Northern Central Andes, Peru
Structure and Evolution
One of the four Peruvian volcanoes Hantke and Parodi (1966) catalogued as 'active', Tutupaca (T), is the northern and larger of two edifices which make up an elongate massif (Figure 6.1). Both edifices show signs of extensive glaciation and dissection. The southern and lower edifice has the remnants of a summit crater and a small amphitheatre (A), which is orthogonal to a SE-NW trending fault (F) on the northeastern side of the edifice. This fault parallels the main trend of the volcanic chain. A débris flow/avalanche to the north (DF) may have originated from the amphitheatre. The resulting débris avalanche deposit appears to have a smooth topography and a maximum runout of about 7km to the northeast. A few lava flows can be discerned, of which the largest is on the southern side. It appears to have been erupted from the junction between the two edifices. Although they overlie moraines, the lava flows have degraded morphologies, suggesting that they are relatively old. Hantke and Parodi (1966) cite accounts in Sapper (1917) of an eruption of Tutupaca in 1802, said to have showered ash on the cities of Arequipa and Tacna. Fidel and Savala (2000) cite four possible historic eruptions in 1780, 1802, 1862 and 1902, and recognize numerous lava flows, pyroclastic deposits, and a lateral blast deposit.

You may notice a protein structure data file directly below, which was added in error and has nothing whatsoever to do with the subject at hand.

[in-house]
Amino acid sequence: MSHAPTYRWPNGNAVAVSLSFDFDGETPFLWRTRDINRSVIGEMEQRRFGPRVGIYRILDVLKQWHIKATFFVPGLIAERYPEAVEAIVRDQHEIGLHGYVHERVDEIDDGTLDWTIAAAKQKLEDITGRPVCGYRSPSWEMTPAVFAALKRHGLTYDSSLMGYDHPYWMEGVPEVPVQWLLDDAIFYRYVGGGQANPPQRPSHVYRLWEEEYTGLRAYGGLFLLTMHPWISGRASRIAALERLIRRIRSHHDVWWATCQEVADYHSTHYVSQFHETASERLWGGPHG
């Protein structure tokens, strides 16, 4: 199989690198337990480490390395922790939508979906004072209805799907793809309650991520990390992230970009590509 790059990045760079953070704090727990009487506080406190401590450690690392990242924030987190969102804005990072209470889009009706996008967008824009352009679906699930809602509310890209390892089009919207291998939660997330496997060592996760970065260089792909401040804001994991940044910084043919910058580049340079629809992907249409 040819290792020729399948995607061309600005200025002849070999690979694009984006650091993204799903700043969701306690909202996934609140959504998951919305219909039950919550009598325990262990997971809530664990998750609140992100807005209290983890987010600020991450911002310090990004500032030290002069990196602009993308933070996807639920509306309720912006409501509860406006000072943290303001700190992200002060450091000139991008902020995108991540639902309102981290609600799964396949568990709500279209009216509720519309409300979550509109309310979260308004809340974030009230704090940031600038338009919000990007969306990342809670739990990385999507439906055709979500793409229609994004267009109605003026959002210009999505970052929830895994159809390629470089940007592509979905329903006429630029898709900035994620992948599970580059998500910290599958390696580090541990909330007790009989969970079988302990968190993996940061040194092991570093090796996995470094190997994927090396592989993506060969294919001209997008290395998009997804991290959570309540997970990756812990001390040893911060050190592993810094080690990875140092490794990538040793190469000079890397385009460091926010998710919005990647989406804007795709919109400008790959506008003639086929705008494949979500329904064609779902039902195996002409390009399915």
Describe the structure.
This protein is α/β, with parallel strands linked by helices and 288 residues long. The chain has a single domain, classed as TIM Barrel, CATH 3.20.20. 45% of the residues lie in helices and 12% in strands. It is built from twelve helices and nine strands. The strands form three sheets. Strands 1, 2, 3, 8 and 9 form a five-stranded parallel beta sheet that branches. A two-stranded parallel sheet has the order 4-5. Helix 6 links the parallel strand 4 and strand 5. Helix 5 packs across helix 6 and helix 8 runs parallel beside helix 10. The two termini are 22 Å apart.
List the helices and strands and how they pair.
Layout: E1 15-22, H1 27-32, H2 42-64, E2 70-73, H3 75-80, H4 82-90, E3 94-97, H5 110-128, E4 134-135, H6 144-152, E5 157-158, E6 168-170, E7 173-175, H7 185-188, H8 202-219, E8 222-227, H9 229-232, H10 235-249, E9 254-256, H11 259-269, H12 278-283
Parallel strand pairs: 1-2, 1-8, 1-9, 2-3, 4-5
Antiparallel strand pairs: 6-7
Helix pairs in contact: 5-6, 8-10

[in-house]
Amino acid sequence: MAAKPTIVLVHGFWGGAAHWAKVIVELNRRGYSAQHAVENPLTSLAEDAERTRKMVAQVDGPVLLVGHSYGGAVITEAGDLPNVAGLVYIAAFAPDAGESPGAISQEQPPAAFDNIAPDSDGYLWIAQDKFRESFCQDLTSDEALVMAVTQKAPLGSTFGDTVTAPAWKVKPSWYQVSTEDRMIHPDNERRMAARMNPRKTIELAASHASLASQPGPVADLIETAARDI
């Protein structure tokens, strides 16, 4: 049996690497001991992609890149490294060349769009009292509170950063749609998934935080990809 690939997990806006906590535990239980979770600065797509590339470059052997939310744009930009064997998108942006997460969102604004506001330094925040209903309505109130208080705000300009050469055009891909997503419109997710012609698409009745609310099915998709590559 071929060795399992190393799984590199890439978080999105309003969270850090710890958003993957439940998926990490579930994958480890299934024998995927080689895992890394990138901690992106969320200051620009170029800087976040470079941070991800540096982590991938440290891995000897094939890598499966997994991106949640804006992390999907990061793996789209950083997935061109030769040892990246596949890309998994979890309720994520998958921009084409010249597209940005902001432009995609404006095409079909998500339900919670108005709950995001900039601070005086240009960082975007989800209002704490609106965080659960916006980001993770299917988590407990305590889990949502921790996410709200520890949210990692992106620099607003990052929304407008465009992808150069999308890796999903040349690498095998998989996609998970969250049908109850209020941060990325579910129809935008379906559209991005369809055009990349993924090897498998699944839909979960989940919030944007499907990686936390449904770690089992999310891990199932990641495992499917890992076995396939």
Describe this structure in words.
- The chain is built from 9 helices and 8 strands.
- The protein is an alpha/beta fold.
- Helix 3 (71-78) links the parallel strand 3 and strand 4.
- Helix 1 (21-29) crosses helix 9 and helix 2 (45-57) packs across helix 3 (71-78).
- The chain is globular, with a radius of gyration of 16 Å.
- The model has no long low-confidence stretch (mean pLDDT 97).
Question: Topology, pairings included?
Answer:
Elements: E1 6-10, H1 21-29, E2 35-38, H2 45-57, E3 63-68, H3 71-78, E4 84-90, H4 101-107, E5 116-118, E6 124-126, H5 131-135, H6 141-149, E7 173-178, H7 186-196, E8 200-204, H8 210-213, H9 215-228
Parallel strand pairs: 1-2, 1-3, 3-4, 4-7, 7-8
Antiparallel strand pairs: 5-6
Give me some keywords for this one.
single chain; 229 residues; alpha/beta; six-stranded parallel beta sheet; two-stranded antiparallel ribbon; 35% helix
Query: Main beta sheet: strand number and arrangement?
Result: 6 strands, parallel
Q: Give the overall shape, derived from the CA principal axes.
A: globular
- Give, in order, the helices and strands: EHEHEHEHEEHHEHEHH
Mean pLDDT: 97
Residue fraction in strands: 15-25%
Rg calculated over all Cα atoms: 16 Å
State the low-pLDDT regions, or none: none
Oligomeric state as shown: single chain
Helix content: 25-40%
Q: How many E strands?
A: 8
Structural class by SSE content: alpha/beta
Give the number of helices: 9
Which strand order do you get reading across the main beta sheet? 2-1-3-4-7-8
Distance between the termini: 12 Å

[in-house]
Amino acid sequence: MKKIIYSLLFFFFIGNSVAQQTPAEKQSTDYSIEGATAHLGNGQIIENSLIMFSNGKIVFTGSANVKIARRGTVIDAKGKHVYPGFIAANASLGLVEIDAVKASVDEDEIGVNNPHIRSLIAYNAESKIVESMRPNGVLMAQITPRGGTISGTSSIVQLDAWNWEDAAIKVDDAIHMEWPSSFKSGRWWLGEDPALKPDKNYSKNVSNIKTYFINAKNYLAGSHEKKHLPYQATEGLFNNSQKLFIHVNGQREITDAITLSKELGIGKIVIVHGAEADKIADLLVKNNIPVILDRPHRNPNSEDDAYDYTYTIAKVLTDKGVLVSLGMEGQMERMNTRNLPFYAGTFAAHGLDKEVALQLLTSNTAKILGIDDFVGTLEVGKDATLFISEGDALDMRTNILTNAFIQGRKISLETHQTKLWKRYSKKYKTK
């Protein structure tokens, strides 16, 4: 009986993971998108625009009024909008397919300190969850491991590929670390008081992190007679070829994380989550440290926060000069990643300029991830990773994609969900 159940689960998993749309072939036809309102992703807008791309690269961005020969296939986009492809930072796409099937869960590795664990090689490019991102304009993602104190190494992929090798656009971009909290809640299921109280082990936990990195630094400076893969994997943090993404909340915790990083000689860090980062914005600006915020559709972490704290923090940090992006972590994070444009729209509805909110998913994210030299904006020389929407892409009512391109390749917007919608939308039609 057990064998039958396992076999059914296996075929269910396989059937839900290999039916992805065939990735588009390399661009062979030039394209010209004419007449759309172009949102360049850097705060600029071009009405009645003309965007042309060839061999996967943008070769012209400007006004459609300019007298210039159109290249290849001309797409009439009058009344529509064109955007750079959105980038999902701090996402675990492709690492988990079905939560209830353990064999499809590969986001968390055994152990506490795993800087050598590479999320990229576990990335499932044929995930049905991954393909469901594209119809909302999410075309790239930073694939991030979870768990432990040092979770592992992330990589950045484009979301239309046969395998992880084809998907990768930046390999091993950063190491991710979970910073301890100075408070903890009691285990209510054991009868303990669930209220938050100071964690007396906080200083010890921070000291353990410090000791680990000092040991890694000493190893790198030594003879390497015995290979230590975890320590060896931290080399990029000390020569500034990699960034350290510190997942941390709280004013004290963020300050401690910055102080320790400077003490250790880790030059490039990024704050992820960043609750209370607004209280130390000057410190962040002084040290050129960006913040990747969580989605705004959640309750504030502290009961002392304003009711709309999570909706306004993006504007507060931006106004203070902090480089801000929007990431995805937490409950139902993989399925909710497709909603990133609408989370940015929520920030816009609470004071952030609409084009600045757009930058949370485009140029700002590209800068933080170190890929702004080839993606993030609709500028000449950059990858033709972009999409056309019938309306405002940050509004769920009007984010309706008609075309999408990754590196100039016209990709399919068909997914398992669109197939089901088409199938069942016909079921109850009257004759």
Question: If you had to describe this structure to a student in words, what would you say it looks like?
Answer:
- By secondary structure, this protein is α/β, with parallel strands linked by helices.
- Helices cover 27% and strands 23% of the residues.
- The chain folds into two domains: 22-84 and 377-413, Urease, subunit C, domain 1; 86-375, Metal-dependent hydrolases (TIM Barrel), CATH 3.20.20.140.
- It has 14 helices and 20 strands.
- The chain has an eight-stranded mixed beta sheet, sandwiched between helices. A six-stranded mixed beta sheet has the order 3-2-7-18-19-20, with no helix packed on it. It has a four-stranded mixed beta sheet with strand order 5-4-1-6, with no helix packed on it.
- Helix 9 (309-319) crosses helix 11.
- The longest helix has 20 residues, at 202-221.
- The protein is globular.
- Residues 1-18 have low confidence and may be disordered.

Hantke and Parodi (1966) reported that Tutupaca was in a solfatara stage and that "slender and low columns of steam arise from the NW slope of the lower peak." No further reliable information is available. Given the lack of any manifestation of recent activity, reports of the 1802 eruption may be unreliable. It is possible that this activity should be attributed to the nearby Volcan Yucumane q.v.The current hydrothermal system is manifested in springs with water temperatures ranging from 20-86° within a 13 km radius of the volcano.
The city of Candarave is 30 km from the volcano and other towns are within reach of ash and pyroclastic activity.
Bullard, F.M. 1962. Volcanoes of southern Peru. Bull. Volcanol. XXIV: 443-453.
de Silva S.L., & Francis, P.W., 1990. Active and potentially active volcanoes of southern Peru - observations using Landsat Thematic Mapper and Space Shuttle imagery. Bull. Volcanol. 52, 286-301.
Fidel. L., y Zavala B. (2000).- Mapa preliminar de amenaza volcánica potencial del volcán Tutupaca. Resúmenes Extendidos, X Congreso Peruano de Geología, 13 p.
Hantke, G., & Parodi, A., 1966. Catalogue of the active volcanoes of the world; Part XIX, Colombia, Ecuador & Peru, I.A.V.C.E.I. Naples, Italy, 73pp.